CLOSE-UP: NEWSMAKER/GAVYN DAVIES - Bean counter who charmed the BBC's governors. Gavyn Davies is a popular choice as chairman of the Beeb

Gavyn Davies knows all about money. On a personal level, he has an

estimated fortune of £150 million. On a professional front, he was

an economic adviser to the Government at the age of 25 and, now 50, he

has risen to be partner and chief economist at the investment bank

Goldman Sachs and recently came close to the job of governor of the Bank

of England.

More to the point, given the job he has now landed as the chairman of

the BBC, he knows all about money and the British Broadcasting


Having chaired the Davies Report on the future funding of the BBC in

1999, he had to get stuck in to the thorny question of how and why the

Corporation should be funded.

For several years during the 90s, Davies was an oft-quoted commentator

on financial issues. He is said to be fascinated by the media, but it

seems unlikely that he spends much of his time familiarising himself

with EastEnders or the Tweenies, since he's known for a huge capacity

for work and an earnest disposition. Though the fact that he has a

£3 million modernist holiday home in Devon for himself, his wife

and their three children - complete with pink-lined swimming pool - and

that he harbours a passion for Southampton football club (he even tried

to buy it) creates a curious contradiction.

Despite unfair accusations of his appointment to the BBC chairmanship

smacking of cronyism (he is a stalwart Labour supporter and his wife,

Sue Nye, runs Gordon Brown's private office but his political views are

hardly as relevant as his qualifications), he's a popular choice at the

BBC. He has already been getting to know its corridors as the

vice-chairman of the board since January this year and senior executives

are happy that someone with his commitment has been given the top


In the run-up to the charter renewal in 2006, his five-year stint will

be a crucial one - especially because it's a moment in time when the

whole definition of the BBC as a public service broadcaster is being

called into question. "Clearly he is a believer in public service

broadcasting," one senior BBC executive says, "and we need to understand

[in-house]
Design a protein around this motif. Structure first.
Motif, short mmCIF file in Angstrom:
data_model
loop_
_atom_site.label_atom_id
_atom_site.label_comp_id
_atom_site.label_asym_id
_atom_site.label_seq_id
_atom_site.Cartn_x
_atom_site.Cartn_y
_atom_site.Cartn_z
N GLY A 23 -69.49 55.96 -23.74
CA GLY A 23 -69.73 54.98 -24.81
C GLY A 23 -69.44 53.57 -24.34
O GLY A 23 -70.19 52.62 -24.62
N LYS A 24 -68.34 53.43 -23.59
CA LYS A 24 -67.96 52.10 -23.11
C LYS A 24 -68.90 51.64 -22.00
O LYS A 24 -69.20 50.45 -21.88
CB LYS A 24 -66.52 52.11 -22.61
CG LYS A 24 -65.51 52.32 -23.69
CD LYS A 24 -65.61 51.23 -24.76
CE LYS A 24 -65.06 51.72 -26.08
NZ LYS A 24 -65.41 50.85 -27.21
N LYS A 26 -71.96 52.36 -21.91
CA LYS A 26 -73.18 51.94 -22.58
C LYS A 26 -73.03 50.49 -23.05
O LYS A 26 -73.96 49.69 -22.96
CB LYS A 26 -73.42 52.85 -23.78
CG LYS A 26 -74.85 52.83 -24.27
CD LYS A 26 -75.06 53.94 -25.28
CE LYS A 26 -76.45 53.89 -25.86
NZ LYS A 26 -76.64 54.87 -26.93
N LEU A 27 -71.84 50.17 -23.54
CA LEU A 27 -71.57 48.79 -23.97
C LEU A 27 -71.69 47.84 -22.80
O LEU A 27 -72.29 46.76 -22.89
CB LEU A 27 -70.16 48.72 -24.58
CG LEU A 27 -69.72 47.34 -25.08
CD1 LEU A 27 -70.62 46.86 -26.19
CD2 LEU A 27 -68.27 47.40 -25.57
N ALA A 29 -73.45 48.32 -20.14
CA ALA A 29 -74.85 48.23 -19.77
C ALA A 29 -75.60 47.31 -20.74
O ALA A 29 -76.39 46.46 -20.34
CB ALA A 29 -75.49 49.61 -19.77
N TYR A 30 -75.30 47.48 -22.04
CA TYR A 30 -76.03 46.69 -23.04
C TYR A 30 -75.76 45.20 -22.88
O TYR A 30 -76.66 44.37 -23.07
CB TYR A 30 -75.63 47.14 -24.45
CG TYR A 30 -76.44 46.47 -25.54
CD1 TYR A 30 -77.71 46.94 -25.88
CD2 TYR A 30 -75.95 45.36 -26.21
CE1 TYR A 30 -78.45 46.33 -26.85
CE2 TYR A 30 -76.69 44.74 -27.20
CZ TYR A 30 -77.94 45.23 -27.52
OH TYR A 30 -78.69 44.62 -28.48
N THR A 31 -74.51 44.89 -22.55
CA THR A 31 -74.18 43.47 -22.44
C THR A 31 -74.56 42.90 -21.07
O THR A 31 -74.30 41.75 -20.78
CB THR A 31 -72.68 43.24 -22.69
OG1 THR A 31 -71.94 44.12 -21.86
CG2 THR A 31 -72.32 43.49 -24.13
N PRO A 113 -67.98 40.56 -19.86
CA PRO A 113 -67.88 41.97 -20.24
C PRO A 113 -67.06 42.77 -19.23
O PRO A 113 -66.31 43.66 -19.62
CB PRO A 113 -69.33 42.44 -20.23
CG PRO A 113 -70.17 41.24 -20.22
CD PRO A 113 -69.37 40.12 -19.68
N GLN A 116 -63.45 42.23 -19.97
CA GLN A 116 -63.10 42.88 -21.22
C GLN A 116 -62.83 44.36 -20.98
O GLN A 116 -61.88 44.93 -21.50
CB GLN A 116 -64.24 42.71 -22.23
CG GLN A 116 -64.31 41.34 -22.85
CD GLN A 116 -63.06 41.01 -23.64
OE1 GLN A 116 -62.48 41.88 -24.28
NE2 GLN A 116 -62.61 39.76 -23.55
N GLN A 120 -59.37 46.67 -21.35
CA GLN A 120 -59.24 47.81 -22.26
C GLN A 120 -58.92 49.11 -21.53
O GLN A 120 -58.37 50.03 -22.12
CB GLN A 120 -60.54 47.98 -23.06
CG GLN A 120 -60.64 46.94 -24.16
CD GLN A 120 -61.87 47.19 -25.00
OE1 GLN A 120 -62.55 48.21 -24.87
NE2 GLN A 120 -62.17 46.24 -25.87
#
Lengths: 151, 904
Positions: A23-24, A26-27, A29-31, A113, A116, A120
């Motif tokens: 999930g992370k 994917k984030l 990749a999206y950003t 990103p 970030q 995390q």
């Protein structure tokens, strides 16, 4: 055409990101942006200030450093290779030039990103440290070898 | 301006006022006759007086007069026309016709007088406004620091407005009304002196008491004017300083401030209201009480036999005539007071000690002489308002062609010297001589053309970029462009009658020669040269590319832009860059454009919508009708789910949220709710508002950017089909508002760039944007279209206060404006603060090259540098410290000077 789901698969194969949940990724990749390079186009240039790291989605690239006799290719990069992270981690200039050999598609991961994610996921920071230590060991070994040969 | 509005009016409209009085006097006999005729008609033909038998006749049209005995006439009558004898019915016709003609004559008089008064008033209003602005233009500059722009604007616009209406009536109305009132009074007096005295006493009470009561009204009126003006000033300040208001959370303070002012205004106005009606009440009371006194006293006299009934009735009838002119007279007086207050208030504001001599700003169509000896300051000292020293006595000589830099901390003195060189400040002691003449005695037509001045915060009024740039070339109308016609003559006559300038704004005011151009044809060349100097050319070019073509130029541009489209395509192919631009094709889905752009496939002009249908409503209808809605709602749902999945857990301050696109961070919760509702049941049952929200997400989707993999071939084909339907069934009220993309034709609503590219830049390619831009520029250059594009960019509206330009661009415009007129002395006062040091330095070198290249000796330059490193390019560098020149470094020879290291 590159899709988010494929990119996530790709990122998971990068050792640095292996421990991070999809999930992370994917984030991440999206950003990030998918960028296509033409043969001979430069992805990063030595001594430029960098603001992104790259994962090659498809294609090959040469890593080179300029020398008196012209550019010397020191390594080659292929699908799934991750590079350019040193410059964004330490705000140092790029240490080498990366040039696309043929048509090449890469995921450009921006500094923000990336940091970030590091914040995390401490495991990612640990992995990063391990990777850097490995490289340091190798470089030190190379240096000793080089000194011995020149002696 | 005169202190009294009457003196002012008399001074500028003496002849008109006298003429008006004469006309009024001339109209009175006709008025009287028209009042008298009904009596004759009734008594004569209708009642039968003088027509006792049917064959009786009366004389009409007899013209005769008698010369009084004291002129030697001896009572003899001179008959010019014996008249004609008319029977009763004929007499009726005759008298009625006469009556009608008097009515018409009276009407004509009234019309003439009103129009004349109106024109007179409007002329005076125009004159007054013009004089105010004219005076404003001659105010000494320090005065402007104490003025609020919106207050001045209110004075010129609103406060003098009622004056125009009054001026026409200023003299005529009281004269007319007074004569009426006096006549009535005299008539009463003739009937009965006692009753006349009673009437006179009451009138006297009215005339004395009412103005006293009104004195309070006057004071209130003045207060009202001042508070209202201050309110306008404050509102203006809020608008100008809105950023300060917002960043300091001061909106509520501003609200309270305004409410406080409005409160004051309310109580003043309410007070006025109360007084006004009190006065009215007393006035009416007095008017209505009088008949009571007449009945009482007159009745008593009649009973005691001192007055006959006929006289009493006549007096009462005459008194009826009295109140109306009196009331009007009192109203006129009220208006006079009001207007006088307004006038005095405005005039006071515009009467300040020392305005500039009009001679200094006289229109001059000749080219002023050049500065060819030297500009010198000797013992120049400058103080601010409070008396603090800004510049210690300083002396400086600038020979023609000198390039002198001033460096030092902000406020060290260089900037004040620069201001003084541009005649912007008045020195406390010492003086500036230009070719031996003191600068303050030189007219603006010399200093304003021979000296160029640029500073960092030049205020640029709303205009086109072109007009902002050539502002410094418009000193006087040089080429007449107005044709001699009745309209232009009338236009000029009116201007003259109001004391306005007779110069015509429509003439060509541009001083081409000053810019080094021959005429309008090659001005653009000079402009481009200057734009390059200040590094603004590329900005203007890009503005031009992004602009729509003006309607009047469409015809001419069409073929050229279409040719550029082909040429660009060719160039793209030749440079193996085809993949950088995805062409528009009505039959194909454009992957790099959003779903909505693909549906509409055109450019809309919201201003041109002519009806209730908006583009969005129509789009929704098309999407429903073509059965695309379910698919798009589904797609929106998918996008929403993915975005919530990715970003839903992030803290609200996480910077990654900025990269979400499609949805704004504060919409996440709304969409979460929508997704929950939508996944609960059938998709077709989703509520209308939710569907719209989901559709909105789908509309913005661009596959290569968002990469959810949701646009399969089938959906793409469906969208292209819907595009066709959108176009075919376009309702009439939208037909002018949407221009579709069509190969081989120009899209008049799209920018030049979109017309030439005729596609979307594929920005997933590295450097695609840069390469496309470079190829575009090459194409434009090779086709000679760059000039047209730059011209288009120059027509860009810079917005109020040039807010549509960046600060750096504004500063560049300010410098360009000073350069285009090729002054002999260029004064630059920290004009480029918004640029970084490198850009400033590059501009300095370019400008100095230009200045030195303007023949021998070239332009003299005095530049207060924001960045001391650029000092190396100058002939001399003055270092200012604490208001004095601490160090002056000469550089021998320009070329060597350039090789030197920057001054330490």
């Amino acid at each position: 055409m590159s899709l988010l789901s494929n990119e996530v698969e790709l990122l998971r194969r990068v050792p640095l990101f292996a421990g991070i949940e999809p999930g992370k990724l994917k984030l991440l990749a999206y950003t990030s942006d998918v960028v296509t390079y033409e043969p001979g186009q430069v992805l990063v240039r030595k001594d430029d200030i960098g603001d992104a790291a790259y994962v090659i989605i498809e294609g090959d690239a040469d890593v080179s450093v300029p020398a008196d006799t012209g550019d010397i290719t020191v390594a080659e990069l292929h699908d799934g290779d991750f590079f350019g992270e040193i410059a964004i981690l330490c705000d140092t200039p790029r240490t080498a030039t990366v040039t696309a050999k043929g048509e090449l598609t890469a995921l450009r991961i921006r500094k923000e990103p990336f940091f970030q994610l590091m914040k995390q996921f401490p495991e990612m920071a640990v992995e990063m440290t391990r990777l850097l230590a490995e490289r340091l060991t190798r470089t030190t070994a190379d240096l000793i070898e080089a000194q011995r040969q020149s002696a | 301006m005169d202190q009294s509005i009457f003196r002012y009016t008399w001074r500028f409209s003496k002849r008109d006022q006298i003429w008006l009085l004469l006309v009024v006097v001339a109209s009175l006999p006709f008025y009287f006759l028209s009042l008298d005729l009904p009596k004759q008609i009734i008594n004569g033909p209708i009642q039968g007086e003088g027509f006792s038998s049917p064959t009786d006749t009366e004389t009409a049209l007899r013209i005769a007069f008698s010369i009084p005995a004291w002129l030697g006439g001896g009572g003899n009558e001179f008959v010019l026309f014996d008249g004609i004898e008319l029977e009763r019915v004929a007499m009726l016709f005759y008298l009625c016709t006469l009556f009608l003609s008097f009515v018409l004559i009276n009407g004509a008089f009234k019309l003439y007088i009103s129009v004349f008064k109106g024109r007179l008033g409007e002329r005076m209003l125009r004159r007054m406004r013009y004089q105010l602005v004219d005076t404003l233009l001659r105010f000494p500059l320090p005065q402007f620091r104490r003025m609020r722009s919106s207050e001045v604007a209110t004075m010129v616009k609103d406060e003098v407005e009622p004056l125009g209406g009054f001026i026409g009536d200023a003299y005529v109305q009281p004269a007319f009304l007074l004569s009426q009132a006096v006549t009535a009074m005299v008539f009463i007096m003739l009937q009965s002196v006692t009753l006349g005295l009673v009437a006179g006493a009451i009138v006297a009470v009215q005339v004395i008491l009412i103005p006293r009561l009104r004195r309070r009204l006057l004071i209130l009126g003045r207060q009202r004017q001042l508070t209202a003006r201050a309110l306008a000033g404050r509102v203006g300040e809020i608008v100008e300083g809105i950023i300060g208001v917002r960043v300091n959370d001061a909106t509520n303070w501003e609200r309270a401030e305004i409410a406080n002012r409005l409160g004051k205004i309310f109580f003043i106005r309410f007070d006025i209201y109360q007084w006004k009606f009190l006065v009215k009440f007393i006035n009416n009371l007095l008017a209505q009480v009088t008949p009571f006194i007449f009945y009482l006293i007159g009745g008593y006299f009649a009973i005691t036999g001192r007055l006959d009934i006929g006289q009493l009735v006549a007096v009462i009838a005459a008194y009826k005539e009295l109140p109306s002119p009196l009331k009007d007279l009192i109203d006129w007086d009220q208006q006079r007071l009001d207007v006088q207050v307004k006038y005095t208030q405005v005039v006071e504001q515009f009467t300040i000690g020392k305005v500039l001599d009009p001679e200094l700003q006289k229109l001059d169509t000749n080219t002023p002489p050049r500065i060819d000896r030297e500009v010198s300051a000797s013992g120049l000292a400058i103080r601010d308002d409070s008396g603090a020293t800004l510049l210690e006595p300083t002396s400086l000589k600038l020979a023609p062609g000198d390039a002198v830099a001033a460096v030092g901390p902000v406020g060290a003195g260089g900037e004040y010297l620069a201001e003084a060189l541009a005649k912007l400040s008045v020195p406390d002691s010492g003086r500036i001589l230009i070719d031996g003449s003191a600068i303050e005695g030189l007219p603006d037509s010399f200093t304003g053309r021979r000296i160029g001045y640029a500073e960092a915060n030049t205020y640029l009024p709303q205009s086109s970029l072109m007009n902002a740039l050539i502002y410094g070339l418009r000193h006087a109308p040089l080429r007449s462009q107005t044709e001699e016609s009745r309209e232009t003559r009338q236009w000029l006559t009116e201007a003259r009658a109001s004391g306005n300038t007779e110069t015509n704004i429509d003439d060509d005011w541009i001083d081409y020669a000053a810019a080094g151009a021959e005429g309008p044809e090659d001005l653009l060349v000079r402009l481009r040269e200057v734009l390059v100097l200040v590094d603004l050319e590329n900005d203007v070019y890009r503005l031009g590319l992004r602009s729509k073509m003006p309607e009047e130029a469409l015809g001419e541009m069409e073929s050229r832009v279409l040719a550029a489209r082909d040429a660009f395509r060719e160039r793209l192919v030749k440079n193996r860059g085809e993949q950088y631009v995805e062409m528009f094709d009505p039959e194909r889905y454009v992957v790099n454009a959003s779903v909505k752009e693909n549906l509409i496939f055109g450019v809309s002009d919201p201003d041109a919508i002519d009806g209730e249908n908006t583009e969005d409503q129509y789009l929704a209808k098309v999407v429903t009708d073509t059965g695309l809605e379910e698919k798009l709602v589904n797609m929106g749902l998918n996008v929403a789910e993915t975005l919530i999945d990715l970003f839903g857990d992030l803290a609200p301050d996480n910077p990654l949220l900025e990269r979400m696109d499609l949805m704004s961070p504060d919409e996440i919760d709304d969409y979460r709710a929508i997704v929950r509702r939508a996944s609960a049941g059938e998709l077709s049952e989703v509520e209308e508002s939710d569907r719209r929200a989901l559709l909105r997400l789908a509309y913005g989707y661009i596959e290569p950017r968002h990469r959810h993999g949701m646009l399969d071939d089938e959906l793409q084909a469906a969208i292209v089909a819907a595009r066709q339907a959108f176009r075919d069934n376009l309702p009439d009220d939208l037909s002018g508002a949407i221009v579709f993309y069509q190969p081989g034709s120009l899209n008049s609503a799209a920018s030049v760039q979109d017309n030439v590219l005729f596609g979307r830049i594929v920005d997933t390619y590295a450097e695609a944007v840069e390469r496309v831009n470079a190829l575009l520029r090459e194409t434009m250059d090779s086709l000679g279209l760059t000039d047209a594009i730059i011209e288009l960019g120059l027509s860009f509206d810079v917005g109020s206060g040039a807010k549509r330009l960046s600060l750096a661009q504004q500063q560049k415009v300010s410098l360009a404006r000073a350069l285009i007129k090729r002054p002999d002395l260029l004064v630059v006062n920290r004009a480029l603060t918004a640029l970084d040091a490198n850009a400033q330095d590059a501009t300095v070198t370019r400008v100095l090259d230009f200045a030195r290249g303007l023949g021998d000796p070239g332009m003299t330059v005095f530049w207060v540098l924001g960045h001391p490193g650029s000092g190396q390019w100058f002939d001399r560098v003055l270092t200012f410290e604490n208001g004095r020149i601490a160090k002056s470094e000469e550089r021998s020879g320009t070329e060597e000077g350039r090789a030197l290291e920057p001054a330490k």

what a public service broadcaster is in the 21st century."

Davies' declaration on landing the job demonstrates that he's on-side:

"The BBC occupies a central place in the life of our nation because of

what it stands for - independence, impartiality, journalistic freedom,

creativity, quality and public service. As the broadcasting marketplace

evolves in the next five years, these are the attributes that will

ensure a thriving future for the BBC."

His financial acumen will also undoubtedly come in handy as the BBC

tries to find £1.1 billion in cuts - the target set by the

Government with the last licence fee hike. The BBC's director-general,

Greg Dyke, despite being well known for his commercial nous, could do

with any help and, naturally, he has made the right welcoming noises

about Davies' appointment. "His grasp of the challenges facing the BBC

and his insight into how to respond to them mean he is highly respected

by the governors and senior management alike," Dyke says.

But Davies hasn't always been flavour of the moment with the


The key recommendations of his report - a digital licence fee and

privatisation of BBC Resources and a chunk of BBC Worldwide, as well as

outside scrutiny of BBC accounts - were opposed by the former

director-general of the BBC, John Birt. Greater scrutiny, Birt argued,

could lead to the Government meddling with the BBC's independent status;

the suggested £24 digital licence fee was not enough; and profits

from Worldwide and Resources should be ploughed back into the


In the end, Davies' suggestions were not adopted by the culture

secretary, Chris Smith.

However, with a new regime under Dyke, there may be room for at least

some of what Davies suggested in 1999 to resurface. Dyke is known to be

in favour of greater accountability, though accountability in what sense

is part of the greater debate about the role of the public service

broadcaster. And the question of the BBC's role and funding in a digital

era will have to be revisited.

As far as the advertising industry is concerned, some of this could be

good news, since there is a broad consensus that the BBC should be more

accountable. However, the existence of the licence fee and certainly its

possible increase is being called into question across the business.

Ian Twinn, the director of public affairs at ISBA, says that Davies

"clearly knows a lot about the issues so he will be a strong chairman,

but he is going to face some tests that he may not want to face. The

funding of the BBC is going to be called into question as fewer and

fewer people turn to the BBC as their channel of choice."

Jim Marshall, the chairman of the IPA media policy group, says Davies,

despite his own recommendations for more financial transparency, might

turn out to be a brake on getting more outside scrutiny. He says:

"Ultimately, if he's a very bright guy and a good money man, it could be

counter-productive and could strengthen the BBC's autonomous position."